Amoeblog

No "best of" 2012, just "films I saw in 2012" and "films that looked good in 2012"

Posted by Eric Brightwell, December 28, 2012 03:42pm | Post a Comment
Best of 2012

Around this time of year (i.e. the end of it), film fans usually trot out their "Best of" Lists. As much as I'd like to do the same, I don't even think that I saw ten films this year. Of those I really enjoyed only a few which is why I don't ever make these lists but I'm always looking for more films to love.

10,000 films


Part of the problem is that I rarely see what end up being my favorites in the year that they're released -- does anyone? About 10,000 films were released on the planet so how do people find their favorites before the planet goes full circle around the sun... and how are those films supposed to find their fans that fast?


Of the films that I saw, I quite liked The master although though, as with most PT Anderson films, felt like it gave me more to hold onto than truly admire. Skyfall was mostly satisfying although the pacing allowed my mind to repeatedly dwell on Bond's waxed cotton jacket more than the story. I thought The Dark Knight rises, though deeply silly and self-serious, was really exhilarating. Flight, on the other hand, was deeply silly and self-serious yet not exhilarating at all after the opening scene -- for some reason I've seen nearly every Robert Zemeckis film despite having not honestly liked any since 1985's Back to the future. As someone who can't get enough Middle Earth I thought The Hobbit: an unexpected journey was flawed but enjoyable ...and frequently just... too much. I remember The campaign and Wanderlust both being pleasantly diverting when I saw them but now they've almost entirely extricated themselves from my memory. Tim and Eric's billion dollar movie was bizarre and should've been annoying but was mildly amusing. Casa de mi padre was bizarre and should've been amusing but was mildly annoying. 

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Samurai Valentines: falling in love with Kudo Kankuro's Yaji & Kita: The Midnight Pilgrims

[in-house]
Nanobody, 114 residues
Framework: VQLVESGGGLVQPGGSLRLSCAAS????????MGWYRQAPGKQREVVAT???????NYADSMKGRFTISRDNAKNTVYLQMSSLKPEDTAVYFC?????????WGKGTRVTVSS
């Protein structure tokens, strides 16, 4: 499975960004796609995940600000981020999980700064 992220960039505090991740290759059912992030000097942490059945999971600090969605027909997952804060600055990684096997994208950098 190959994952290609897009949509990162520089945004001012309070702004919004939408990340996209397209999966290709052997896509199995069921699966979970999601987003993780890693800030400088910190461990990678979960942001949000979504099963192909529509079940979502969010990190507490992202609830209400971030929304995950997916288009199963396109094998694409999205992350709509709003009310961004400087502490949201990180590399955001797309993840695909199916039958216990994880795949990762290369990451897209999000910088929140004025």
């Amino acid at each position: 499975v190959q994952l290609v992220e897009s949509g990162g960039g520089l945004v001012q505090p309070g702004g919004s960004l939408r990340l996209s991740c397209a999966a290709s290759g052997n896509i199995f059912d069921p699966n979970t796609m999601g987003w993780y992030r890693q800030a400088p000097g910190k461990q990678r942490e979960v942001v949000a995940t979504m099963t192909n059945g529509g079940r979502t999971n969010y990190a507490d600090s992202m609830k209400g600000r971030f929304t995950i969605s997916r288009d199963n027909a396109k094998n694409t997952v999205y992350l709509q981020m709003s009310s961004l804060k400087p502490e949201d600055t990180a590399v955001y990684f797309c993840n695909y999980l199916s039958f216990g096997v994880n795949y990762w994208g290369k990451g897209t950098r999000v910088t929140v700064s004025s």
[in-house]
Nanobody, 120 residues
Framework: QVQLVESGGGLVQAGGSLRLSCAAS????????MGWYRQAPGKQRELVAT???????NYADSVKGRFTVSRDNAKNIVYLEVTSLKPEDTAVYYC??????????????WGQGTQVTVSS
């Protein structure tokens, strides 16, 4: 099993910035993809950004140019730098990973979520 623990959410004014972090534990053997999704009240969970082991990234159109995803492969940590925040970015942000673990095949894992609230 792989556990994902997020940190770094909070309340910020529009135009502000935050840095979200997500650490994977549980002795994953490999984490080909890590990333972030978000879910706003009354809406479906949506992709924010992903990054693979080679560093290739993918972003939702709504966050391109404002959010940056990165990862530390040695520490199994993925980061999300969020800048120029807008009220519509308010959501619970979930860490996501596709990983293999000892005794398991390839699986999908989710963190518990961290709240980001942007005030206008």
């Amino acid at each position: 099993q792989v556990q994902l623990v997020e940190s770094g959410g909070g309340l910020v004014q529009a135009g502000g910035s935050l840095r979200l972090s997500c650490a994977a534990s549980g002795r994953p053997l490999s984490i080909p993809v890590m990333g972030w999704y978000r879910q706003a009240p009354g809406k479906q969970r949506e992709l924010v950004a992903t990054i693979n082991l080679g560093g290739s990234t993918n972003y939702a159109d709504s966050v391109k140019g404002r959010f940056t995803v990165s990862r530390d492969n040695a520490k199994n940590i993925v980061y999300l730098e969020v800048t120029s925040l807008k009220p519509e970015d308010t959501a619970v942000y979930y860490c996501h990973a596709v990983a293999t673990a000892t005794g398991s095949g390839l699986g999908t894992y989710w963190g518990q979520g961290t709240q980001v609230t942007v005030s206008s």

Posted by Kelly S. Osato, February 14, 2009 01:39pm | Post a Comment
Yaji & Kita The Midnight Pilgrims DVD Kudo Kankuro
Perhaps the only thing better than seeing a highly anticipated movie you suspect you'll love is seeing a random, unexpected movie you never knew you needed until after you've seen it. A few days ago some friends and I sat down to watch a movie, like you do, without any prior knowledge of the film, only to find ourselves physically exhausted by the time the film had ended. No joke, we had to pause the movie several times to take breaks for the fits of laughter we were driven to. I cannot ever remember any film causing such violent cries of laughter to escape from my face the way viewing Kudo Kankuro's Yaji & Kita: The Midnight Pilgrims did. I'm fighting back the giggles even now.

This film leaps into oblivion from the very beginning when Kita admits to Yaji, his lover, "I can't make heads or tails of reality." The film could easily be summed up with this single line alone, but it falls short of capturing some of the, let's say, more memorable moments in the film (hello! the bath scene!). A short synopsis of the film might go a little something like this: A gay samurai couple, Yaji and Kita, leave Edo (old Tokyo) on a quest to rid Kita of his heroin addiction. A song that could be called "Born to be Gay" gets the whole town singing and dancing in synch as they send our boys off on their merry way. A motorcycle appears and they hit the road. Hilarity ensues at every stop along the way and there are many, many points of departure and arrival in every sense (making no sense at all in most cases). The couple cuts a 7" single love song; like it or not, it is as popular as the Bearded Courtesan's single. The audience is treated to an impromptu karaoke sing-along featuring the Bearded Courtesan herself. King Arthur's sword is drawn from the stone and the two are separated by the river Styx and everyone looks like the same guy in the after life.... the bearded courtesan, hige no oiran, from Yajo & Kita the Midnight PilgrimsWell, I don't want to spoil it for you.